New Memoir Offers Look Into Life of Imero Fiorentino, 'The Picasso of the Spots and Strobes'

by Nook Schoenfeld
in News
Imero Fiorentino's memoirs have been published posthumously by his widow, Angela.
Imero Fiorentino's memoirs have been published posthumously by his widow, Angela.

NEW YORK –  Let There Be Light:  An Illuminating Life chronicles the life of Imero Fiorentino, a prominent lighting designer whose career spanned 60 years, a man dubbed by Newsweek magazine "the Picasso of the spots and strobes". Known best for his work in television, Fiorentino was one of the pioneers in the 1950's, designing the lighting for such shows as Pulitzer Prize Playhouse and U.S. Steel Hour.

More details about the book here (

The creative consulting company he formed in 1960 expanded into all areas of lighting, as well as set design and production of live shows.

He personally designed the lighting for major productions and lit more than 600 celebrities, including Frank Sinatra, Neil Diamond and Barbra Streisand.  He lit every U.S. President from Eisenhower to Clinton and many other political figures.  Imero was a great raconteur, and he has fascinating and amusing stories to tell.  He writes entertainingly and from the heart.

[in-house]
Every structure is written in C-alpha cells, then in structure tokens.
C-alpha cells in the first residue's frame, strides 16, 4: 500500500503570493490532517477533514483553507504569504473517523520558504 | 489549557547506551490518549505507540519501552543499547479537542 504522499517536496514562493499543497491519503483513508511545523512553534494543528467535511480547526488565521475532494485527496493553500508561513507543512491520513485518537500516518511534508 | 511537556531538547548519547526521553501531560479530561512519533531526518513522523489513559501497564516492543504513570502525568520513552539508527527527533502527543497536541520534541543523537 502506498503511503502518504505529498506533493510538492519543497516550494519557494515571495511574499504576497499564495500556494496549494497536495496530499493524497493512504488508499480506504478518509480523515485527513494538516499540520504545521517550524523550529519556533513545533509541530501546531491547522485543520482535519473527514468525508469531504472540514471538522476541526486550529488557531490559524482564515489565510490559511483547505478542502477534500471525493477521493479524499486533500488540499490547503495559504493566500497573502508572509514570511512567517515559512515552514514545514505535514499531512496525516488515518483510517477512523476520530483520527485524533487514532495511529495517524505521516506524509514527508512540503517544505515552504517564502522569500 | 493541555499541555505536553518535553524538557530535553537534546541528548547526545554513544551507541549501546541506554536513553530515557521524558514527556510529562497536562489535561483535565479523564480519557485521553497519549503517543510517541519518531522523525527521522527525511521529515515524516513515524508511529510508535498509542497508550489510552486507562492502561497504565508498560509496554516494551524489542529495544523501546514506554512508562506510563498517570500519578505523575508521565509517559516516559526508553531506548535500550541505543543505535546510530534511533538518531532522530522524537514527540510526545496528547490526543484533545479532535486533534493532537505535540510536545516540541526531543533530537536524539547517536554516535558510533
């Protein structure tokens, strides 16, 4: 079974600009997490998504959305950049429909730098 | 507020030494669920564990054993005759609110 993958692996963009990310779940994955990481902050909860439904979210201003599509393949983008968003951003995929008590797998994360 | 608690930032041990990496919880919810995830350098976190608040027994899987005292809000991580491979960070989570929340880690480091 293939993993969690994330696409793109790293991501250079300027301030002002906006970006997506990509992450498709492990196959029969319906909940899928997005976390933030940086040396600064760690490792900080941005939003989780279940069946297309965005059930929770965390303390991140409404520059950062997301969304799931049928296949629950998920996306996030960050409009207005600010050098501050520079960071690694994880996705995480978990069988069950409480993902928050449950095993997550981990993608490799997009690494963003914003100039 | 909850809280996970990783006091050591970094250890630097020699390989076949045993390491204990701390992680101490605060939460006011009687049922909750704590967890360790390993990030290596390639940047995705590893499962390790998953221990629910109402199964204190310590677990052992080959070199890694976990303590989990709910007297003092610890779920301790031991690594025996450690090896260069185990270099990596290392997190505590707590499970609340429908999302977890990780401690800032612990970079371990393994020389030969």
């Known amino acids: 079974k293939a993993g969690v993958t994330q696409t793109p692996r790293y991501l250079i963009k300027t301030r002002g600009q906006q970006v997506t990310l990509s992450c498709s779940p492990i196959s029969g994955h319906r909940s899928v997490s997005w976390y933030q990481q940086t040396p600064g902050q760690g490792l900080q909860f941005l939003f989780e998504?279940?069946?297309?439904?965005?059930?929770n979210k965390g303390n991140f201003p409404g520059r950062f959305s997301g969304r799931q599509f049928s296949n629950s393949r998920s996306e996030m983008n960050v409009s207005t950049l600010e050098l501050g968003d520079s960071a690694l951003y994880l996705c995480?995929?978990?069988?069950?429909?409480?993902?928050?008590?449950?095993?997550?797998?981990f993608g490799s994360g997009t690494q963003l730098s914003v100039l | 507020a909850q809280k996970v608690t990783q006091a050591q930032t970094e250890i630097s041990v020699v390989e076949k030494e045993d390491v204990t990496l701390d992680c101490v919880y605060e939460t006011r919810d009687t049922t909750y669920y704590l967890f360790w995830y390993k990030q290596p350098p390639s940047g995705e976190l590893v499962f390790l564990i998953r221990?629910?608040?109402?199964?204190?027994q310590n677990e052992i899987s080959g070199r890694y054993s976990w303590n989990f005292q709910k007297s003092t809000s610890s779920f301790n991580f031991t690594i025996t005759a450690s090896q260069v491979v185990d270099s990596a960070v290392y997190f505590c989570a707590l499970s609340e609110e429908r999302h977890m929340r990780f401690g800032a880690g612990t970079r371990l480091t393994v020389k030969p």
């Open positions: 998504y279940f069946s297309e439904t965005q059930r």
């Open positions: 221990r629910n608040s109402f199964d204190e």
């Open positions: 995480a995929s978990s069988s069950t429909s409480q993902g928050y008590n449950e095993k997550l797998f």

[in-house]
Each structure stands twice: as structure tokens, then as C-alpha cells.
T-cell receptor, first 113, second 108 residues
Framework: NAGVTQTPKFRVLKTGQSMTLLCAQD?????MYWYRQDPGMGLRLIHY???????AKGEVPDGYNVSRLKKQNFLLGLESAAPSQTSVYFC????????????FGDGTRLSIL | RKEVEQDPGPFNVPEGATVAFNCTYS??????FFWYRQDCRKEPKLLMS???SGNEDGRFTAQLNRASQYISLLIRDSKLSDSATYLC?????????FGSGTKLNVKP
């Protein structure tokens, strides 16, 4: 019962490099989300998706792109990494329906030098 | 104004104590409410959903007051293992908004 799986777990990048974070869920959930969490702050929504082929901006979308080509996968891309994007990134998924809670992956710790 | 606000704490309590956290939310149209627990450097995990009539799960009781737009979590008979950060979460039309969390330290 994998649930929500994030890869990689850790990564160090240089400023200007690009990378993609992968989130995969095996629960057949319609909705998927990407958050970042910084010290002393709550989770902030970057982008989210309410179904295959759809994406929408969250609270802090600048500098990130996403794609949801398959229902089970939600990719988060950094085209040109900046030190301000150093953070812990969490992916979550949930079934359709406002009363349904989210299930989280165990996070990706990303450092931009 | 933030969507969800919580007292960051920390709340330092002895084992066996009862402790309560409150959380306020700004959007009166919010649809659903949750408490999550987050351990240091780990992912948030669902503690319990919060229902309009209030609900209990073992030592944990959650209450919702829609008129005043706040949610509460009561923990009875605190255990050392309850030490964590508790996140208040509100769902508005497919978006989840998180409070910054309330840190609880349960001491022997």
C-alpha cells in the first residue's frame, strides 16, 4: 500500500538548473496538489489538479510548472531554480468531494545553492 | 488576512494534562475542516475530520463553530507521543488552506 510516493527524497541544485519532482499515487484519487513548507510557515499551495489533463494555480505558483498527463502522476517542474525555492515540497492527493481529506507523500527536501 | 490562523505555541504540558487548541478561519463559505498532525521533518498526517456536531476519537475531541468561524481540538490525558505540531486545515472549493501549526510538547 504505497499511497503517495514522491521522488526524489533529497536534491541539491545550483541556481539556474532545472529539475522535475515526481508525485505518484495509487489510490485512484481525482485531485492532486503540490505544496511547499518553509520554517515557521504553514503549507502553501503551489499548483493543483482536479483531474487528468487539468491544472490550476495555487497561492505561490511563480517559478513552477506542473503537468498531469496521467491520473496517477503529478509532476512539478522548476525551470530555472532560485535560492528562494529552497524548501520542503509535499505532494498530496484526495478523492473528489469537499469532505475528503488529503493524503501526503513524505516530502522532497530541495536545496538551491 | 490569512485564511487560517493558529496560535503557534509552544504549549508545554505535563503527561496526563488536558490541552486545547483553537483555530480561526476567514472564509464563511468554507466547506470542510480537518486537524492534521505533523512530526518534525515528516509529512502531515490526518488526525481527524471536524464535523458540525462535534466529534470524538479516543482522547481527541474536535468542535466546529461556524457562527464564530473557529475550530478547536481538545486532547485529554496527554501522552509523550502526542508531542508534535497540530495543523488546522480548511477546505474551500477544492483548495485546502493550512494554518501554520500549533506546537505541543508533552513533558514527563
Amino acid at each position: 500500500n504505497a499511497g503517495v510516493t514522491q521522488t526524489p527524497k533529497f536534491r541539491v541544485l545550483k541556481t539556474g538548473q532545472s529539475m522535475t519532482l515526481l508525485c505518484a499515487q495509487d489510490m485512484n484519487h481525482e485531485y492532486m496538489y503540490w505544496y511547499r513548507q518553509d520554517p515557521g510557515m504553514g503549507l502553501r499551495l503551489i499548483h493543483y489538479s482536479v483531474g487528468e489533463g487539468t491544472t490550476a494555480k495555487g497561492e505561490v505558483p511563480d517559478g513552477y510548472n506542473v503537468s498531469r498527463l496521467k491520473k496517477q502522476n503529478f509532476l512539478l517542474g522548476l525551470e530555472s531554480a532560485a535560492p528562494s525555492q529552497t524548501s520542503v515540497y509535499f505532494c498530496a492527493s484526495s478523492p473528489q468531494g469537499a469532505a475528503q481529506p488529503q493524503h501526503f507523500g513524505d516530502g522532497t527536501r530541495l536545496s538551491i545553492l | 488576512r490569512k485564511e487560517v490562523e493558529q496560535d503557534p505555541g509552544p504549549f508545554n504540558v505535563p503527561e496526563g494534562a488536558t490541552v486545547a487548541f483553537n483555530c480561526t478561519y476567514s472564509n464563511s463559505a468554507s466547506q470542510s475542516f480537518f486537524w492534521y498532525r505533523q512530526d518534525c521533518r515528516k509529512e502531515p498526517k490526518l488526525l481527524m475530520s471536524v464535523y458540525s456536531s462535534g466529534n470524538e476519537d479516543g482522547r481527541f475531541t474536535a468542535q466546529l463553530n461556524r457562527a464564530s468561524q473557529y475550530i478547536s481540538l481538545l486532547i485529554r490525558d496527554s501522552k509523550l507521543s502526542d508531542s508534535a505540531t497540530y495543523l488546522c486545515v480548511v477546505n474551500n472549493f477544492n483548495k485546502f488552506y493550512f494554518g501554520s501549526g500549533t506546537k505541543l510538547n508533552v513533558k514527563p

He tells about growing up in Brooklyn among eccentric Sicilian relatives, one of whom regularly took him to Radio City Music Hall, which triggered an early fascination with lighting.  His plans were almost shattered when he lost the sight of one eye in a frightening firearms accident when he was 17.  His story will inspire his readers to overcome adversity, to pursue their dreams whatever the obstacles, and to achieve personal fulfillment by mentoring others.

"Let There Be Light"

By Imero Fiorentino

Hardcover – 6 x 9in – 172 pages – ISBN 9781543423853

Softcover  - 6 x 9in – 172 pages – ISBN 9781543423846

E-Book  - 172 pages – ISBN 9781543423853

Available at Amazon and Barnes & Noble

About the Author

Award-winning lighting designer Imero Fiorentino was a pioneer in the very early days of television at ABC-TV, New York.  In 1960, he founded Imero Fiorentino Associates (IFA), an elite group of performing arts consultants.  IFA became a multimillion dollar company which lasted 37 years, with offices in New York, Hollywood, Chicago and Las Vegas.  Fiorentino lit many celebrities and unique events such as the first picture ever transmitted into space, via the Telstar satellite. His death in 2013 left a void that is deeply felt by all who loved him and the people he mentored, many of whom are now at the top of the lighting and production professions.  A comprehensive obituary of him appeared in the Oct. 13, 2013 issue of The New York Times.